Skip to main content
Select Source:

stonework

stonework, term applied to various types of work—that of the lapidary who shapes, cuts, and polishes gemstones or engraves them for seals and ornaments; of the jeweler or artisan who mounts or encrusts them in gold, silver, or other metal; of the stonemason who executes the plan of architect or engineer for wall, pier, vault, bridge, or dam; of the carver who chisels bas-relief, intaglio, or freestanding figure, using a pointing machine for accuracy; and of the printer at his imposing stone. The term stonework is most frequently used to refer to the craft of masonry, as old as civilization and still widely used. Of Roman masonry buildings, some aqueducts, arches, basilicas, and baths still remain. Masonry is classified according to finish, rubble being of rough-quarried or field stone and ashlar of dressed stone. It may be laid without mortar (and is then called dry, or Cyclopean) or with mortar to bind the stones closely together, the outside finish of such joints being called pointing. Stonemasonry may be of hard materials, such as granite, bluestone, or marble, requiring full finish before laying, or of softer varieties, such as brownstone, laid with rough exterior, the decoration being carved afterward. The pyramids (see pyramid) and the sphinx of Egypt are among the world's greatest masterpieces of stonework.

Cite this article
Pick a style below, and copy the text for your bibliography.

  • MLA
  • Chicago
  • APA

"stonework." The Columbia Encyclopedia, 6th ed.. . Encyclopedia.com. 18 Nov. 2018 <https://www.encyclopedia.com>.

"stonework." The Columbia Encyclopedia, 6th ed.. . Encyclopedia.com. (November 18, 2018). https://www.encyclopedia.com/reference/encyclopedias-almanacs-transcripts-and-maps/stonework

"stonework." The Columbia Encyclopedia, 6th ed.. . Retrieved November 18, 2018 from Encyclopedia.com: https://www.encyclopedia.com/reference/encyclopedias-almanacs-transcripts-and-maps/stonework

Learn more about citation styles

Citation styles

Encyclopedia.com gives you the ability to cite reference entries and articles according to common styles from the Modern Language Association (MLA), The Chicago Manual of Style, and the American Psychological Association (APA).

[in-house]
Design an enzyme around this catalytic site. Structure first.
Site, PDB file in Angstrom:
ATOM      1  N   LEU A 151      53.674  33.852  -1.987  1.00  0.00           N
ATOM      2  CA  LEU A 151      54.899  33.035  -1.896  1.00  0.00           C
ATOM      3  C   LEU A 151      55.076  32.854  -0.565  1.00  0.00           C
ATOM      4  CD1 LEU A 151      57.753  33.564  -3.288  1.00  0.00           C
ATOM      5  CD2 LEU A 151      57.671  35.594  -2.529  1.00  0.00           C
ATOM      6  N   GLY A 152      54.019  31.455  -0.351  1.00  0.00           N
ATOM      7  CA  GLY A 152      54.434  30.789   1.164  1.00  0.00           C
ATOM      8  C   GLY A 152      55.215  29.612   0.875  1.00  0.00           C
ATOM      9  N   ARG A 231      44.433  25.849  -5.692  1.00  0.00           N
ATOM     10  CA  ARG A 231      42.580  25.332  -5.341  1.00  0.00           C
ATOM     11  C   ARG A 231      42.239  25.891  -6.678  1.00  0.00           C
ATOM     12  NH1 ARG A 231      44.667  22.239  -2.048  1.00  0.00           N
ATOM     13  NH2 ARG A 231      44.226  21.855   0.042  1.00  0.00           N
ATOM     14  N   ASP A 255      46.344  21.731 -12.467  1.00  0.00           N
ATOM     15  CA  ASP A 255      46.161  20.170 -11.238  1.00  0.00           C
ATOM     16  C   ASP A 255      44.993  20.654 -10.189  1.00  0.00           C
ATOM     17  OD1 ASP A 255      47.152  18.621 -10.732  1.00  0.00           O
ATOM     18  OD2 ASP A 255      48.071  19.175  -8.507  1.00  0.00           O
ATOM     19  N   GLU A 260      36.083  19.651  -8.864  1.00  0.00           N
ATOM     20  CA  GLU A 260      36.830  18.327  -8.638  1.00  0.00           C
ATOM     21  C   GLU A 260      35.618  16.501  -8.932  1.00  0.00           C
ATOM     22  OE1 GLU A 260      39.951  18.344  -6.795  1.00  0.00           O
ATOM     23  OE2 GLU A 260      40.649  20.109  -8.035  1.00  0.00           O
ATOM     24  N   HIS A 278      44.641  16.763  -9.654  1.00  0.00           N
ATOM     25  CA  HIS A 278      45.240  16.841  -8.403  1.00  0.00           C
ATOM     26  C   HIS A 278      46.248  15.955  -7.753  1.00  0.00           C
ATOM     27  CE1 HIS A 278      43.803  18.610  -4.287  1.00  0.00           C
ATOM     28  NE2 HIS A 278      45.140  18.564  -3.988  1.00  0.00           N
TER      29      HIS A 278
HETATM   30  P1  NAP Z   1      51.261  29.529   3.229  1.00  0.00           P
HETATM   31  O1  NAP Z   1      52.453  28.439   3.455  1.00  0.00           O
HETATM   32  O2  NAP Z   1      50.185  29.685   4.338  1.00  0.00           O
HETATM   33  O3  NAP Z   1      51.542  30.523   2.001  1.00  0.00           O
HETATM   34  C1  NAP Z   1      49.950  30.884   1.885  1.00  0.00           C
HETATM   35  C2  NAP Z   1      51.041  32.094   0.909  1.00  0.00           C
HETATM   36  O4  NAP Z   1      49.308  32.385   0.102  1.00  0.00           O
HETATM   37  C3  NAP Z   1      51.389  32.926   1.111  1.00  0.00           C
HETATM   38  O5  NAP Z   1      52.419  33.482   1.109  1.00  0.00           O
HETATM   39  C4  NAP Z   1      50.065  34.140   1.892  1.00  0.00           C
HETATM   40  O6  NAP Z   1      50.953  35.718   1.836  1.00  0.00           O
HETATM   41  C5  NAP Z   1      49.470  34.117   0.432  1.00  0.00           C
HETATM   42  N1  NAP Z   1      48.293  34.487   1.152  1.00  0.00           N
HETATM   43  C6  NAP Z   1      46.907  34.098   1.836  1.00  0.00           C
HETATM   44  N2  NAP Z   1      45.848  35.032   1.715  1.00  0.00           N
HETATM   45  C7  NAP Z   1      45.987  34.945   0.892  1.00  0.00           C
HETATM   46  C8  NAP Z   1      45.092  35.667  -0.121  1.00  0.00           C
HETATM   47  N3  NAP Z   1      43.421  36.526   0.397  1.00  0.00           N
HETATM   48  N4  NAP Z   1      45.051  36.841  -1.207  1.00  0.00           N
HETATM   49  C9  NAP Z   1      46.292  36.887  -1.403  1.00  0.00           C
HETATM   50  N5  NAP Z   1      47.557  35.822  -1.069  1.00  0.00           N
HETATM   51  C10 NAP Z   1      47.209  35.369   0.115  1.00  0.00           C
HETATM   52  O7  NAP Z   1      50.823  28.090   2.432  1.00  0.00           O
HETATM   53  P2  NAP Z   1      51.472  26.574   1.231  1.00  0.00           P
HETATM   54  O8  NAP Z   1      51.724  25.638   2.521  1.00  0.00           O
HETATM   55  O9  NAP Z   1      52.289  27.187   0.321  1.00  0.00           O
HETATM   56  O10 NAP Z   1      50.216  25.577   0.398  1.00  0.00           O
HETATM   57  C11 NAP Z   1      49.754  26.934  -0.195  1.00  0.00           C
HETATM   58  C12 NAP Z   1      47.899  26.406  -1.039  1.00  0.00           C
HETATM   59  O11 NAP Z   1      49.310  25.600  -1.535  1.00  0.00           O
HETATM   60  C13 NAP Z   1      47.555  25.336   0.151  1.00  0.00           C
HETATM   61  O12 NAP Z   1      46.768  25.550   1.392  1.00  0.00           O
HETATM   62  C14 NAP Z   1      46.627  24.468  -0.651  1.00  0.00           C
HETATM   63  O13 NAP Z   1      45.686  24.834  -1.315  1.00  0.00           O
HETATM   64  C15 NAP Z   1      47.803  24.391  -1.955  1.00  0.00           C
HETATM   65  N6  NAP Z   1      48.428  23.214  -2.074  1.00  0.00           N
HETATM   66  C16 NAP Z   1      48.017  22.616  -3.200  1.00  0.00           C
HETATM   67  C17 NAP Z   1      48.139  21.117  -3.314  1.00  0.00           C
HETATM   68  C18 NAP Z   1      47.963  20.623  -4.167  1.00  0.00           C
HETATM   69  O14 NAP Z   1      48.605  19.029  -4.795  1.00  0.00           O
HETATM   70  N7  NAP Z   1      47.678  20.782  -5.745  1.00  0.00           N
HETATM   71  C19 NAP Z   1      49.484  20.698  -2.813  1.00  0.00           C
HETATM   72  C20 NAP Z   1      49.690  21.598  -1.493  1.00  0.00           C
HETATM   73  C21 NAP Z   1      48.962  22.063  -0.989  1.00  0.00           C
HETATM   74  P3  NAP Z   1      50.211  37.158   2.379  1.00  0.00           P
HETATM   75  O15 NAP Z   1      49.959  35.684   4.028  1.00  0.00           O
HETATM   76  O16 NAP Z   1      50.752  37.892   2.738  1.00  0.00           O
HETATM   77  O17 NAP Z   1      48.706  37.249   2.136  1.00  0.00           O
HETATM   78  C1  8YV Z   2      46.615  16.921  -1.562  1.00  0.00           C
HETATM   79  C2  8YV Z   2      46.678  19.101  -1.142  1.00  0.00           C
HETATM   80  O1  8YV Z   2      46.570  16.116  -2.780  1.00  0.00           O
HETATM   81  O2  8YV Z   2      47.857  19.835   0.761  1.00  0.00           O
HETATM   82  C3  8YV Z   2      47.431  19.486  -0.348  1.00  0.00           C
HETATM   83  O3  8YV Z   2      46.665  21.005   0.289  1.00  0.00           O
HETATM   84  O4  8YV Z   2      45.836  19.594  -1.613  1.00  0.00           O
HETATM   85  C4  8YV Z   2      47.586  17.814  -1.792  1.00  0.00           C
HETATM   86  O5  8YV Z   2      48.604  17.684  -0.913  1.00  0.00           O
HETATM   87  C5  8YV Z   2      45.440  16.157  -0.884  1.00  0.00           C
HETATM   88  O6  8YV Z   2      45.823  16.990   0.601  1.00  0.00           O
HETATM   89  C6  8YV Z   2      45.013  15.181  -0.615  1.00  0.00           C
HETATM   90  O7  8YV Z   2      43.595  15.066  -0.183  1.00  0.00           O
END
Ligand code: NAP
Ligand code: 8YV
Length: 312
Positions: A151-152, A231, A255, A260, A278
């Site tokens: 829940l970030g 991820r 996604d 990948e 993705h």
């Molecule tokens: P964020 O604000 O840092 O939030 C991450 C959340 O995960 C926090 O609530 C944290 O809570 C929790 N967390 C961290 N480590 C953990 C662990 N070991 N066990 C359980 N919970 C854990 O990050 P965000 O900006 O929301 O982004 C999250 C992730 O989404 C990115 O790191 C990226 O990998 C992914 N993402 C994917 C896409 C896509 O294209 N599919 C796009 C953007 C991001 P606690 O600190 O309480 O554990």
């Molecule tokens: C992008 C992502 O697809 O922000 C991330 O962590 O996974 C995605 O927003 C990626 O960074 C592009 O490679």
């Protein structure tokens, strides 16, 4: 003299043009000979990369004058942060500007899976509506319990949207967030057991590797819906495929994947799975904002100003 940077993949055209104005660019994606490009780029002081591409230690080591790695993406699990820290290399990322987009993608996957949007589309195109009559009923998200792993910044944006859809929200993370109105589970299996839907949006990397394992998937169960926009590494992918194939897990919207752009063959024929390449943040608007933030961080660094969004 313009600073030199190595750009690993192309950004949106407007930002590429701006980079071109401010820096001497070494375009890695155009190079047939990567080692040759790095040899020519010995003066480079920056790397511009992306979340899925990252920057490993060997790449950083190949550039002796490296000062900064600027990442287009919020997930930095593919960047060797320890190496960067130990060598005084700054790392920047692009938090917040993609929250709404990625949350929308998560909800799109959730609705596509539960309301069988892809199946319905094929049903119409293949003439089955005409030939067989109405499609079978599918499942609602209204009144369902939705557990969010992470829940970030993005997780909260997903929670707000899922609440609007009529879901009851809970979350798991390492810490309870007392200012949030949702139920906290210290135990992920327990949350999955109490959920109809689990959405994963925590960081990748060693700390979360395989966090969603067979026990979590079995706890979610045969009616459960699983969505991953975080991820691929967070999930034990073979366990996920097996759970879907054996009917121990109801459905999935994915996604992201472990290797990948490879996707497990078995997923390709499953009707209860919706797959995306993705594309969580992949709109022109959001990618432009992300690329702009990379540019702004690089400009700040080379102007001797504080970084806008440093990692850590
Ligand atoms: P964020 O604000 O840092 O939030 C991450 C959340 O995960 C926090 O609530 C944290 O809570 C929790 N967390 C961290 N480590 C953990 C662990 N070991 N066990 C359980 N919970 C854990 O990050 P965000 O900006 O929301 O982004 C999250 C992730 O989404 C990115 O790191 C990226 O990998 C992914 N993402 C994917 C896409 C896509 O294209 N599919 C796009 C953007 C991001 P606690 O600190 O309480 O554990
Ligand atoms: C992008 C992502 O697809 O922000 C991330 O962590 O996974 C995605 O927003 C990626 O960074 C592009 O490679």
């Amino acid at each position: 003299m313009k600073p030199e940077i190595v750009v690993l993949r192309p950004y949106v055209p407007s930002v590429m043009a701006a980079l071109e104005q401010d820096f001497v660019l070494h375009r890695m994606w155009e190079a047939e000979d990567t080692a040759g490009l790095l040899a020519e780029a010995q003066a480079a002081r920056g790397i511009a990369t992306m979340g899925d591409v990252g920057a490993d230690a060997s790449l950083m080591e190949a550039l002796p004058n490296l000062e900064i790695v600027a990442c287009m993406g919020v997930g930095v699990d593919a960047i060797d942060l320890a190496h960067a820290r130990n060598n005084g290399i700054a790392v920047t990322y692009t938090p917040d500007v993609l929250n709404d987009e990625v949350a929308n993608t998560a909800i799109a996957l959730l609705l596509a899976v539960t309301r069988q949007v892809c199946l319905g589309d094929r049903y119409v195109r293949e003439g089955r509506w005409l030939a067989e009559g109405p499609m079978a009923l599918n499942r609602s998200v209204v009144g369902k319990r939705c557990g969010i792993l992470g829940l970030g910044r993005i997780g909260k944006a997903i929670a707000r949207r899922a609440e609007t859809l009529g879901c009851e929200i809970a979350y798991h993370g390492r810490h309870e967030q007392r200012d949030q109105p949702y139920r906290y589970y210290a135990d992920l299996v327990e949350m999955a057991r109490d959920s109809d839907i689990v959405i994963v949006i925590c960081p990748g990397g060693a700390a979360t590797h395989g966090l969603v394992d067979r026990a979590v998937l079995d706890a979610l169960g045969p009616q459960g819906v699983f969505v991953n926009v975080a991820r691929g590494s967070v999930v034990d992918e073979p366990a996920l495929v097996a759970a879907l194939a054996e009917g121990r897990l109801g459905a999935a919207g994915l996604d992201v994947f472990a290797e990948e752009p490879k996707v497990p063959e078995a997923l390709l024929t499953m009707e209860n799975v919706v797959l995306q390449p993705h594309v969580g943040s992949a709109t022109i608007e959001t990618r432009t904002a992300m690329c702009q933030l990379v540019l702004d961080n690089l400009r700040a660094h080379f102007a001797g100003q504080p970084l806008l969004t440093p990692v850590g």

Within the “Cite this article” tool, pick a style to see how all available information looks when formatted according to that style. Then, copy and paste the text into your bibliography or works cited list.

Because each style has its own formatting nuances that evolve over time and not all information is available for every reference entry or article, Encyclopedia.com cannot guarantee each citation it generates. Therefore, it’s best to use Encyclopedia.com citations as a starting point before checking the style against your school or publication’s requirements and the most-recent information available at these sites:

Modern Language Association

http://www.mla.org/style

The Chicago Manual of Style

http://www.chicagomanualofstyle.org/tools_citationguide.html

American Psychological Association

http://apastyle.apa.org/

Notes:
  • Most online reference entries and articles do not have page numbers. Therefore, that information is unavailable for most Encyclopedia.com content. However, the date of retrieval is often important. Refer to each style’s convention regarding the best way to format page numbers and retrieval dates.
  • In addition to the MLA, Chicago, and APA styles, your school, university, publication, or institution may have its own requirements for citations. Therefore, be sure to refer to those guidelines when editing your bibliography or works cited list.

stonework

stone·work / ˈstōnˌwərk/ • n. the parts of a building that are made of stone. ∎  the work of a mason: a masterpiece of clever stonework. DERIVATIVES: stone·work·er n.

Cite this article
Pick a style below, and copy the text for your bibliography.

  • MLA
  • Chicago
  • APA

"stonework." The Oxford Pocket Dictionary of Current English. . Encyclopedia.com. 18 Nov. 2018 <https://www.encyclopedia.com>.

"stonework." The Oxford Pocket Dictionary of Current English. . Encyclopedia.com. (November 18, 2018). https://www.encyclopedia.com/humanities/dictionaries-thesauruses-pictures-and-press-releases/stonework-0

"stonework." The Oxford Pocket Dictionary of Current English. . Retrieved November 18, 2018 from Encyclopedia.com: https://www.encyclopedia.com/humanities/dictionaries-thesauruses-pictures-and-press-releases/stonework-0

Learn more about citation styles

Citation styles